On Saturdays through May, Arrowhead Pride contributors list (and explain) their top five Kansas City Chiefs of all time.
- Edge rusher Derrick Thomas
- Tight end Tony Gonzalez
- Quarterback Len Dawson
- Linebacker Willie Lanier
- Placekicker Jan Stenerud
I think that any list of a team’s five greatest all-time players should make no attempt to predict the future. That’s why Patrick Mahomes isn’t on this one. Make no mistake: there’s absolutely no doubt in my mind that Mahomes will someday be on it, but after only two (albeit spectacular) seasons, I simply can’t put him on a list of all-time greats.
I also think that an all-time list should include those who made lasting impacts on the game itself. On that basis, I believe Derrick Thomas has to be listed first. Many of my fellow contributors who have included him chose to call him an edge rusher — a term that didn’t exist when he played. That tells you all you need to know about his impact. The man dominated opposing linemen using skills no one had ever seen before.
Likewise, Tony Gonzalez must be included. You can argue that Travis Kelce is a more productive tight end — but without Gonzalez, Kelce doesn’t exist. Gonzalez revolutionized the way tight ends play the game. I understand why some Chiefs fans took offense with statements he made later — I’m a fan, too — but it was never realistic to expect him to join the Atlanta Falcons and tell the local media, “I’m just here hoping to collect a Super Bowl ring. My heart will always be in Kansas City.” Perhaps we should give the man a break. In any case, none of that changes the contributions he made to the Chiefs — and the NFL.
In an AFL dominated by gunslinging quarterbacks, Dawson led his team to three championships (and two Super Bowls) over ten seasons. His success wasn’t because of his athleticism, but rather his toughness, intelligence and calm leadership; they didn’t call him “Lenny the Cool” for nothing. In many ways, he was the prototype for most of the quarterbacks we now consider among the greatest of all time.
It’s hard to choose among the players who made up what is universally regarded as one of the best defenses in professional football history. Bobby Bell, Buck Buchanan, and Johnny Robinson all deserve consideration. During his career, Willie Lanier was often overshadowed by the great Dick Butkus of the Chicago Bears, but I’d take Lanier any day. Like Dawson, Lanier was the kind of linebacker who would be prized today: tough and strong enough to stop running backs in their tracks, but also athletic enough to be effective in coverage. He was always one of the smartest players on the field — and always knew exactly when his teammates needed leadership.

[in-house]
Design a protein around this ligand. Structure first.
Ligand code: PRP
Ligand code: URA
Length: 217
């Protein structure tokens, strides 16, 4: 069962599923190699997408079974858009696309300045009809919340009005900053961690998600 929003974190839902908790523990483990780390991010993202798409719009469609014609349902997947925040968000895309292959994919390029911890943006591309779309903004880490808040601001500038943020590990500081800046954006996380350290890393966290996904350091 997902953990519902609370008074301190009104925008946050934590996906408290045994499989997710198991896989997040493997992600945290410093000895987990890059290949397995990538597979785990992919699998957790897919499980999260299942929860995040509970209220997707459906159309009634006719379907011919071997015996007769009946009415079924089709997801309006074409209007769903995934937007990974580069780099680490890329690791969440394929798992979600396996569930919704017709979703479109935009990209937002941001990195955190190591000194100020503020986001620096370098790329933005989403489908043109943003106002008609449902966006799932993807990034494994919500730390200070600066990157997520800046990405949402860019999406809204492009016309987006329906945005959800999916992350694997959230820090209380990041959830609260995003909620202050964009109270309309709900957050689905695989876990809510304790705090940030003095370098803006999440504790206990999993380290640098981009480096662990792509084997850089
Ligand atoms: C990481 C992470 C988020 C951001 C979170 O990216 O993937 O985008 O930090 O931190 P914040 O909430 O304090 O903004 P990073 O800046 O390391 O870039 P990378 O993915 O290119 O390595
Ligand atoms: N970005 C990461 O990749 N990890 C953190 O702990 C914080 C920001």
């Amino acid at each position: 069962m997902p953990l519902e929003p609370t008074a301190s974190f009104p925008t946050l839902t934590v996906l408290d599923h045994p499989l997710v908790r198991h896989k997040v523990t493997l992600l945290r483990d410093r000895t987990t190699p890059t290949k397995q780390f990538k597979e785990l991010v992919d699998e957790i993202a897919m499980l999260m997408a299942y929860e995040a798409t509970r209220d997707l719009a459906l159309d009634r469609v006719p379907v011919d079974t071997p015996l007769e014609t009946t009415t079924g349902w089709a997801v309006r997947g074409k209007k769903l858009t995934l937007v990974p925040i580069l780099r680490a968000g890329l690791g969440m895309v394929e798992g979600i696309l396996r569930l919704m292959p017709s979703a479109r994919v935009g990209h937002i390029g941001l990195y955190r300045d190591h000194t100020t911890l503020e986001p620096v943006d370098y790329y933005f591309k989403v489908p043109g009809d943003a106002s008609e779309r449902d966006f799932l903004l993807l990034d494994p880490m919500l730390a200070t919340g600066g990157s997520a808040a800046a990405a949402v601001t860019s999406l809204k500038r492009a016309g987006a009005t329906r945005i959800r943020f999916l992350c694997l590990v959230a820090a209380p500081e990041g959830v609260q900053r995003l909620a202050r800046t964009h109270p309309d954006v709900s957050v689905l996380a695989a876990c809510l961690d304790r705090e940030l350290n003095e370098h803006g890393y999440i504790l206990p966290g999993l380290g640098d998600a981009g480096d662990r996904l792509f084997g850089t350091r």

Jan Stenerud wasn’t the first “soccer-style” kicker in professional football, but he was the one who first mastered it — and permanently made it the only way to put three points on the board. Before Stenerud, placekicking was an afterthought. He not only turned it into a science, but demonstrated placekickers needed to be considered as offensive weapons who could win games; playing on Chiefs teams with smothering defenses, Stenerud often outscored the other team all by himself.
We’ve only been considering Chiefs players in these lists, but I feel we need to mention two other great Chiefs who never set foot on the field.
Today, it’s easy for younger fans to see head coach Hank Stram almost as a comic book character; that’s the message given by repeated showings of Stram on the sidelines of Super Bowl IV. To be sure, he was a showman — even a peacock. But he was also a true out-of-the-box innovator who left a big imprint on the modern game.
And you cannot speak of players like Bell, Buchanan and Lanier without acknowledging they owed their careers to Chiefs scout Lloyd Wells, who tirelessly combed the historically black colleges of America to find them — and dozens of other great players. The Chiefs weren’t the first professional football team to put black players on the field, but Stram and Wells were among those who finally normalized them. Forever afterward, black players weren’t just tolerated, but embraced. Pro football — and America — would never be the same.
How perfect is this list?
This poll is closed
- Patrick Mahomes (19 points)
- Derrick Thomas (16)
- Len Dawson (13)
- Jamaal Charles (6)
- Will Shields (4)
- Tony Gonzalez (4)
- Derrick Johnson (3)
- Eric Berry (3)
- Travis Kelce (2)
- Willie Lanier (2)
- Bobby Bell (1)
- Alex Smith (1)
- Jan Stenerud (1)
- Jamaal Charles was the best of all running backs — Matt Stagner
- Derrick Johnson squeaks in the top five — Ron Kopp, Jr.
- Without Bobby Bell, the team’s story is incomplete — Kent Swanson
- Jamaal Charles was the king of the Game Pass Era — Tom Childs